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Asteroids (black version) (2009) - E*Rock

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E*Rock "Asteroids (black version) from Audio Dregs Recordings on Vimeo.

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Basic Structures

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Image: Michael Joaquin Grey, Perpetual ZOOZ (Madonna and Child), 2005-2009 (Stills)

In the twenty years that Michael Joaquin Grey has been exhibiting, critics have often employed phrases like “back to basics” and “building blocks” to describe his interest in the conventions dictating the representation of concepts that form the foundation of human knowledge. An exhibition of Grey’s new and old work currently on view at P.S.1 includes a drawing that distills his approach: an outline of an infant playing with two red blocks is the image of a nascent mind grappling with the concept of one plus one. A larger drawing on an adjacent wall reuses the red squares to demonstrate the meaning of prepositions—above, under, behind, etc.—like a diagram in a grammar textbook. Object as preposition (1988-2007), also uses orange circles, a colored form that appears several times in the gallery. The fruit suggested by an orange round is a favorite symbol for Grey (his web site is www.citroid.com). Perhaps it’s because the tautology of the object’s name and the color that describes it produces a conundrum: a schematic picture of an orange is both an abstraction and a concrete representation. The repetition of the orange (or just orange, with no definite article) forces viewers to struggle with the same problem that Grey does: even at the most fundamental level, our descriptions of the world are frustratingly paradoxical and slippery.

Lean, instructional-pamphlet drawings dominate the first of the show’s two galleries; Perpetual ZOOZ (Madonna and Child) (2005-2009), a video projected in the second, darkened room, looks Baroque by comparison. In Grey’s “computational cinema,” The Wizard of Oz plays on both sides of a square that spins against a yellow field. The characters and scenery of the family classic ...

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Art In Your Pocket

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As the niche genre of software art expands beyond the web and into mobile devices, media artists are finding ways to integrate their work into a new form of business model. Instead of giving away your work for free on the web, Apple's iPhone and iTouch devices provide an ample platform for distribution (through the Apple App Store) and hardware support for novel ways to experience screen-based work.

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PSI_NET (2007-Ongoing) - Suzanne Treister

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Image: Original Healey Hall, Northumberland, UK, for Jamie

The PSI_NET project reclaims a psychic drawing method researched, developed and utilised by the US military since 1972 and further developed in the private sphere by an ex-US Army remote viewer since 1989.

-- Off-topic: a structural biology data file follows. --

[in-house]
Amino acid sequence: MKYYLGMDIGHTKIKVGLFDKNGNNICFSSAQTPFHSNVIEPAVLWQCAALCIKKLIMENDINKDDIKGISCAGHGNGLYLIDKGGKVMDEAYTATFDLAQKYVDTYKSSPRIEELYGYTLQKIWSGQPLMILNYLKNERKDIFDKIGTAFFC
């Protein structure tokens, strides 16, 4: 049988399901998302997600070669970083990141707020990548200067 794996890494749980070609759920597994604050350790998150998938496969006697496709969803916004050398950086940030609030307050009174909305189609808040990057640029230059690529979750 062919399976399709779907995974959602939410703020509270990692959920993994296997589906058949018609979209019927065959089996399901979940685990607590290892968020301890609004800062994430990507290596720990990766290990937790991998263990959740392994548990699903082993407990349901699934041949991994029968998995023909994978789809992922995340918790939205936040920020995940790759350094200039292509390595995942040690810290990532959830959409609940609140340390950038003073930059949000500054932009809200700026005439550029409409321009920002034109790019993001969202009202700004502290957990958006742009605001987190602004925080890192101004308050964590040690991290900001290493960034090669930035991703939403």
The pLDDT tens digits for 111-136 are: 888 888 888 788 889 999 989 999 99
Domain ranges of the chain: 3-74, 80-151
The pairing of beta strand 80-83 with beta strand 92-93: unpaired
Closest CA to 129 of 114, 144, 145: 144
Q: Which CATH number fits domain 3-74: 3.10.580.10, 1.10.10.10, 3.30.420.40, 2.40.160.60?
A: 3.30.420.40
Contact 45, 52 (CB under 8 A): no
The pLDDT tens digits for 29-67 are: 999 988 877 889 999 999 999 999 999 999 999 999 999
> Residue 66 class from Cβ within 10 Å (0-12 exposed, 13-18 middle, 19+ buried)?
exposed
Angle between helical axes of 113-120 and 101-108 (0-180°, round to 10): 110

Clients/participants are requested to provide details of a remote site, person, object or event which they do not have access to, but about which they would like to gain information.

This 'target' can be located in the past, present or future, can be lost, forgotten, government or otherwise protected, and will be beyond the scope of the internet.

For each request two or more remote viewing drawings will be made at a single sitting. Images of these will be sent electronically to the client.

-- FROM THE ARTIST'S STATEMENT

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Play Pause and Rewind: Sadie Benning Returns to the Whitney

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Image: Sadie Benning, drawing for Play Pause, 2001-06

Born in Milwaukee, Wisconsin in 1973, video artist and musician Sadie Benning came of age in the art world in the 1990s with well-known journalesque-video tapes, experimental exposés made on the Fisher Price Pixelvision camera that her father, experimental filmmaker James Benning, had given her. Also a former member of the band Le Tigre, Benning is known for her bold and brazen style. Her works have previously shown in the Whitney Biennial in 1993 and in 2000. Her current installation Play Pause (2006), is also now on display at the Whitney.

Play Pause is a two channel video installation that projects images of thousands of hand drawn, gouache on paper, illustrations that Benning made between 2001-2006. Most of them are drawn in black and white with a light gray wash underneath, but a few of the images are also treated with a monochrome tint of red, blue, or green. The piece runs for 29 minutes on a loop. The illustrations were all scanned and arranged in this sequence for the piece. Coupled with surround sound, they tell a story of a “day in the life,” of an anonymous protagonist. Each image appears for only a few seconds, and then another similar image appears: from the first steps on the street, the stores, advertisements, shop fronts, anonymous people, night life, dance clubs, after hours sex, television, and scenes of departure from the train station and airport.

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Image: Sadie Benning, drawing for Play Pause, 2001-06

The title Play Pause alludes to the installation’s strange sense of detachment coupled with vulnerability. This tension arises in several ways: the rhythm and pace of the installation, the space itself, and the particular images displayed. The first juxtaposition occurs between the surround sound pulsing around slow ...

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Ancient Computing (2001) - Paper Rad